LIKE MY DOG SOOLI—a Chinese Shar-Pei—I am a card-carrying member of the non-sporting group. I do not run (unless I am being chased). I do not jump. I have never assumed the half lord of the fishes pose. I don’t swing for fences and I have never stolen home. Showing up for gym class in suede shoes and knee socks sealed my fate in the unforgiving world of junior high athletics. In college, I enrolled in archery and hunter safety to meet my physical education requirements. Nope, I do not do sports.
But late one night—the house dark and the animals dreaming—I got a taste of the heat of competition, what it feels like to find oneself in mortal combat with a well-matched opponent.
It was well past midnight. I was in bed under the covers, the only light the glow from my iPad. I breathlessly watched the seconds tick away on an eBay listing, each one bringing me closer to victory—high bid on a Civil War era collection of handwritten recipes.
The tension could not have been higher had I been standing in the center of the Roman Coliseum, a gladiatrix wielding a shield and trident against an advancing lion. I was locked in a struggle for supremacy, every few minutes another bid coming from somewhere out there in the vast world we know as the Intarweb—a total of 35 volleys until sweet victory was mine.
The description on eBay read thusly (misspellings included): “Antique 1800’s handwritten cookbook by written in book…Mrs. M.B. Eason…71 pages full plus alot of loose earlier recipes stuffed in book…all with great script writting. Several blank pages also. Some of the pages would be great framed. 1871 south carolina letterhead loose inside book. Great old recipes.”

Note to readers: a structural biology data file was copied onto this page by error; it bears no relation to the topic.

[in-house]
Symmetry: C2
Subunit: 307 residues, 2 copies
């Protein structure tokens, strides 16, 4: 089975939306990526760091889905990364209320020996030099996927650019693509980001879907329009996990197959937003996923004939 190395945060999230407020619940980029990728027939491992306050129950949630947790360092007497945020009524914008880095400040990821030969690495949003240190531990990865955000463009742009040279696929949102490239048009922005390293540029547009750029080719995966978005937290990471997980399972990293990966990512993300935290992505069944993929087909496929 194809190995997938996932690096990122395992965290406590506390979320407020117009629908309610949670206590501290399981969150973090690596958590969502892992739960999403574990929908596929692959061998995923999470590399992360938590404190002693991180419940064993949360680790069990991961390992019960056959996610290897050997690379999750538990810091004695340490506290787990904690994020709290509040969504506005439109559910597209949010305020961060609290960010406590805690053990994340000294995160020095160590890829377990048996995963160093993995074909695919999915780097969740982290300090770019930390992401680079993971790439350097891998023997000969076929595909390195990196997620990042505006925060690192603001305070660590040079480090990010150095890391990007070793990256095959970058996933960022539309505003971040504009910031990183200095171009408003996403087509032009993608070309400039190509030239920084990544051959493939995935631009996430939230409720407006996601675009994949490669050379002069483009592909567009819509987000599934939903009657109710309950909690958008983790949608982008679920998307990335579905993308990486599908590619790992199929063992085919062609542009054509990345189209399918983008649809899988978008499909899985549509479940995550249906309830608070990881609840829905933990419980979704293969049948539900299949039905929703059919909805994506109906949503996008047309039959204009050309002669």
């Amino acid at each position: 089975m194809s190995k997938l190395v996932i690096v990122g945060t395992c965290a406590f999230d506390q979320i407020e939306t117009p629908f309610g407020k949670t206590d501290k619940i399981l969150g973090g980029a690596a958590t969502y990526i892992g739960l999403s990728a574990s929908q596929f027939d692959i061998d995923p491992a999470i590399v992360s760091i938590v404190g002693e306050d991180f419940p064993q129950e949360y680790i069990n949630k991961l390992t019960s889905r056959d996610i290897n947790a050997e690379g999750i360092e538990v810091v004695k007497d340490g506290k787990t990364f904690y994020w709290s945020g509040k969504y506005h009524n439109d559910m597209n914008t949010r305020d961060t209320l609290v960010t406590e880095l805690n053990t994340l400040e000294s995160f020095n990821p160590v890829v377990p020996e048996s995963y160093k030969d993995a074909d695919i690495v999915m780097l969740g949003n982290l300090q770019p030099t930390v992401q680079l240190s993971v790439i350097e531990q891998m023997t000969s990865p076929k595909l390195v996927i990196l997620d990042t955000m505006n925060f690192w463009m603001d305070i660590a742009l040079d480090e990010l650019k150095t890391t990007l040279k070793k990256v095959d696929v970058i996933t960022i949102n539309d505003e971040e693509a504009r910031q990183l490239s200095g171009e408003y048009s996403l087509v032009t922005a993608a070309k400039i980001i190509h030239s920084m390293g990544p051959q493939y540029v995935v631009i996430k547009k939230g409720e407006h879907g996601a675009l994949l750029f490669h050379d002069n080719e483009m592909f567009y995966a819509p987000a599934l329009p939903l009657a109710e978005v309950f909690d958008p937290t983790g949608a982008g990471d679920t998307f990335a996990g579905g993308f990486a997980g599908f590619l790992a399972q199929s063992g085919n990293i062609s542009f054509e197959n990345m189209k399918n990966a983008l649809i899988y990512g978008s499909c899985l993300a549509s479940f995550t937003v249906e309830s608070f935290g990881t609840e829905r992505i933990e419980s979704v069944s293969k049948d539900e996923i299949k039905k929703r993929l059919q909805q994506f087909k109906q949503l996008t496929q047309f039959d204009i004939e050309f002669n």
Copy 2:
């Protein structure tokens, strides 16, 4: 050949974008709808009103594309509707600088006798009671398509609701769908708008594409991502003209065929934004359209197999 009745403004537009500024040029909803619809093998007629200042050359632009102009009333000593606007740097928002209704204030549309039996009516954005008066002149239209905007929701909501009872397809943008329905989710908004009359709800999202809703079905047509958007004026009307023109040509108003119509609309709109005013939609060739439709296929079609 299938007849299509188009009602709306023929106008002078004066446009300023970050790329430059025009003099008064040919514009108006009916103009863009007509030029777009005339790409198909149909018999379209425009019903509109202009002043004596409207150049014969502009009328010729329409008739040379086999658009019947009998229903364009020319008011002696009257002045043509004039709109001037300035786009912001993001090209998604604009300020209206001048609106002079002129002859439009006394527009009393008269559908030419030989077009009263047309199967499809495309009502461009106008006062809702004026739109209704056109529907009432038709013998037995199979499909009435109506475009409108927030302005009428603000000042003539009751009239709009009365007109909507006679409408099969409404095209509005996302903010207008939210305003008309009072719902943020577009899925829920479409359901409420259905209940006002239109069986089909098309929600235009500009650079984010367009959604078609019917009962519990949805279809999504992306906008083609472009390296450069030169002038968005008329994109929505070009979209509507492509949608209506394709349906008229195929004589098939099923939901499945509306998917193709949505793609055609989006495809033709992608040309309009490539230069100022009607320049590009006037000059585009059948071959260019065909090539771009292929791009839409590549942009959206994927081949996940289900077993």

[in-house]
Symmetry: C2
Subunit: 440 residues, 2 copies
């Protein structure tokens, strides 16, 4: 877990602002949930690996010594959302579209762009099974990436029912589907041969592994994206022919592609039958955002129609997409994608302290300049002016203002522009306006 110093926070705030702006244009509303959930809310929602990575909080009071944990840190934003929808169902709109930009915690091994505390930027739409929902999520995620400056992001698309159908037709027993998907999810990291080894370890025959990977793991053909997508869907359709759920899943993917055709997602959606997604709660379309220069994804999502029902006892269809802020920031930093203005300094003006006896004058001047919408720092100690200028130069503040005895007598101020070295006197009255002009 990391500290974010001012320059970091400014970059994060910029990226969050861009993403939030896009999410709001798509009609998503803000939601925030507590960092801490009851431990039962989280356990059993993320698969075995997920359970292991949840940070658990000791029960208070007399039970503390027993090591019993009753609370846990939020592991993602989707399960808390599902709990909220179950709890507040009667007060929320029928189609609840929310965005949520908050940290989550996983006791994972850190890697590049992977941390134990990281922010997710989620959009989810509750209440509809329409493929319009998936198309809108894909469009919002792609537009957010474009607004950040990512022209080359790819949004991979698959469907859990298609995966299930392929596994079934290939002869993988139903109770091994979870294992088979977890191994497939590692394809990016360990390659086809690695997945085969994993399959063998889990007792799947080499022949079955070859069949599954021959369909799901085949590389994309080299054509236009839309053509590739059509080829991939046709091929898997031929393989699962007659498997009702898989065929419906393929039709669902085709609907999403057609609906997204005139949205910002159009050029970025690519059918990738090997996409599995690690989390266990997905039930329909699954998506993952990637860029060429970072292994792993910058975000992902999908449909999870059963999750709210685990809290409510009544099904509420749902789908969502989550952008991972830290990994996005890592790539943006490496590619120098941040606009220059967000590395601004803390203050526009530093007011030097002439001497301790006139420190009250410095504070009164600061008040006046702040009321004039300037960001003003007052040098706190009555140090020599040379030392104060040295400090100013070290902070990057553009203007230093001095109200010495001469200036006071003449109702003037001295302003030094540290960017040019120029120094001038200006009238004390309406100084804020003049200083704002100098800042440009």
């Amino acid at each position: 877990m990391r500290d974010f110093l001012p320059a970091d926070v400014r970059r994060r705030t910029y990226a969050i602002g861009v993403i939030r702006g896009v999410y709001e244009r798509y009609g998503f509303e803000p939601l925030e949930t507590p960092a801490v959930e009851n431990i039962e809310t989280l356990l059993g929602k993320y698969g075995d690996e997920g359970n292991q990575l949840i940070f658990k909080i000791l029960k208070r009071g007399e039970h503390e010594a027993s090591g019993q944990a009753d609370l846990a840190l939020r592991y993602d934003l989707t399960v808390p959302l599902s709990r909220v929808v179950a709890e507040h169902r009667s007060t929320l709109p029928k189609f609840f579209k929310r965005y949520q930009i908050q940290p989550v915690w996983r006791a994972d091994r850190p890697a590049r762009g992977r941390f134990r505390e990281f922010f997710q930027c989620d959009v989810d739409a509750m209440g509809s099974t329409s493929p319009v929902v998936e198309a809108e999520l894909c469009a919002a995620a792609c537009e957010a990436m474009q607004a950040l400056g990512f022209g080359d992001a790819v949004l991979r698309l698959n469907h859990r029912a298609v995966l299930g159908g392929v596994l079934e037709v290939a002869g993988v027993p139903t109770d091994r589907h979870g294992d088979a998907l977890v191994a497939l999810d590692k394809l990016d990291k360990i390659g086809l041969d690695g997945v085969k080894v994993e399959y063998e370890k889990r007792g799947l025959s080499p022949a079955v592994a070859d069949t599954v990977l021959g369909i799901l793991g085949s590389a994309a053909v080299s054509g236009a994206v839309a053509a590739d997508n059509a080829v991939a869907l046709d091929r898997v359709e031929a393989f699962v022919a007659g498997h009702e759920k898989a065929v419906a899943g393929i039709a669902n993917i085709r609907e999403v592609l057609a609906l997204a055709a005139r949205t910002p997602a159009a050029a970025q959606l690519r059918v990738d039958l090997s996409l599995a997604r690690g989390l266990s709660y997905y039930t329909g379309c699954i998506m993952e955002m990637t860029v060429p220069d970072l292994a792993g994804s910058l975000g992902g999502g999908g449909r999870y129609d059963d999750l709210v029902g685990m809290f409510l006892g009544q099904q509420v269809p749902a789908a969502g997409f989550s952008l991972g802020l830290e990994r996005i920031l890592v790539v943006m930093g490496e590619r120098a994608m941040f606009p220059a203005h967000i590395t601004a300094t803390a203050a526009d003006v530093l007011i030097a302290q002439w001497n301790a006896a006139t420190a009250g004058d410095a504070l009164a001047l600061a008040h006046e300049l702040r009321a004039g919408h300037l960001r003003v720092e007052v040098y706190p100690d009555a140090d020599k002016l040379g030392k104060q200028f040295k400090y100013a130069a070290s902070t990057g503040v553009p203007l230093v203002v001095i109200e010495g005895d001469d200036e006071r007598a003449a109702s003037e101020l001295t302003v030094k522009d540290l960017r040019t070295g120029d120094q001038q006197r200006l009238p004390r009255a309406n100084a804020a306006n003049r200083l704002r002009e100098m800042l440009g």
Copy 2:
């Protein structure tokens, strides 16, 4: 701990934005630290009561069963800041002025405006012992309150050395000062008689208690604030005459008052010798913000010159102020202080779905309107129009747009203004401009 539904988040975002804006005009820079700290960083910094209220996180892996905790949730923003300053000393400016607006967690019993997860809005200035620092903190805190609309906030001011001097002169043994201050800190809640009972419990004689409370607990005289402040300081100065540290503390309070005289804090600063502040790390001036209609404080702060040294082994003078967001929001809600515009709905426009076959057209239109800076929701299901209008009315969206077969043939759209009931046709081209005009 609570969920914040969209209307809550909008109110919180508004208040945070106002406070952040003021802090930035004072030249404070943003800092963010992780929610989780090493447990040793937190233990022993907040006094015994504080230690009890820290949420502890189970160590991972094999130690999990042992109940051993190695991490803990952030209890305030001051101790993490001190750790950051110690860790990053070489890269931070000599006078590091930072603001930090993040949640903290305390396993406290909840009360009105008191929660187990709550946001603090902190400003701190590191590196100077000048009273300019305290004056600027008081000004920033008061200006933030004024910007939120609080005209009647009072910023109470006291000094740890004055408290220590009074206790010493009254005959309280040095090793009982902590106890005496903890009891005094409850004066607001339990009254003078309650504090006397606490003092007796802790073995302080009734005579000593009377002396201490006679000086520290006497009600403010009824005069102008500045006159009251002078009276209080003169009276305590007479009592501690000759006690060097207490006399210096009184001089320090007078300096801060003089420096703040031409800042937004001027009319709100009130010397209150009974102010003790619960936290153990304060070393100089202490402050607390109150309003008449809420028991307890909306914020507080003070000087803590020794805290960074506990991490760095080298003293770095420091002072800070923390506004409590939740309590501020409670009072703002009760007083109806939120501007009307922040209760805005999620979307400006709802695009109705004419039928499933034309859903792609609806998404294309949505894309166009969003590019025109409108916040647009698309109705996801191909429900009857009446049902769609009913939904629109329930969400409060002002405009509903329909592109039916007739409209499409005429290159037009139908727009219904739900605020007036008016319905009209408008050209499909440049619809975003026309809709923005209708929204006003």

Old handwritten recipes, carefully documented in spidery script on yellowed paper, have long charmed me. My files are full of them: Myrt Burkes’ Cream Pie, Midge McDonald’s Lighthouse Wife Pickles, Maude Osborn’s Pepper Hash. Most lack cooking times and temperatures, but delightful (and delightfully odd) notes like “boil til it hairs” or “take the fluff from cattail flays” or an enthusiastic “oh boy!” make up for those vagaries.
If not for handwritten recipes passed down through the ages, dishes like White Monkey (a creamy, cheesy, eggy concoction for serving over cornbread) would have been lost to time. And so often tucked in amongst the recipes? Home treatments for conditions such as deafness, bed sores and eczema, the latter involving rotten apples.
In the week that passed from first discovering the collection of Civil War recipes to feverishly posting bids in the auction’s final moments, I had researched this Mrs. M.B. Eason and I wanted her recipe book badly…as badly as Tonya Harding wanted a gold medal in the 1994 Olympics.
Mrs. M.B. Eason was Margaret Thompson Banks of Charleston, S.C.—born on July 31, 1826, the daughter of a dry goods merchant. In 1847, Margaret married the owner of Charleston’s largest iron foundry, James Monroe Eason, named after our nation’s fifth president who visited Charleston in 1819—the year of James Eason’s birth. An ornate chintz appliqué quilt made by family members to commemorate the wedding of Margaret and James is part of the Charleston Museum’s permanent collection. υ
James Eason and his brother manufactured steam engines, boilers and other machinery at their foundry near the Cooper River. During the Civil War, the Eason brothers were called into service by the state of South Carolina to rifle smoothbore iron cannons to increase the range and power of the weapons. The Charleston Mercury reported on July 20, 1861, that “…it has been demonstrated that the Eason gun will throw solid shot or shell, with accuracy, further than any other cannon now in our possession.”
Eason also built the CSS Charleston and the CSS Chicora, Confederate ironclad gunboats that defended Fort Sumter and other Confederate positions off Charleston throughout 1863 and 1864. When Charleston was evacuated on February 18, 1865, the crews of the Charleston and the Chicora burned the gunboats to prevent capture by Union soldiers.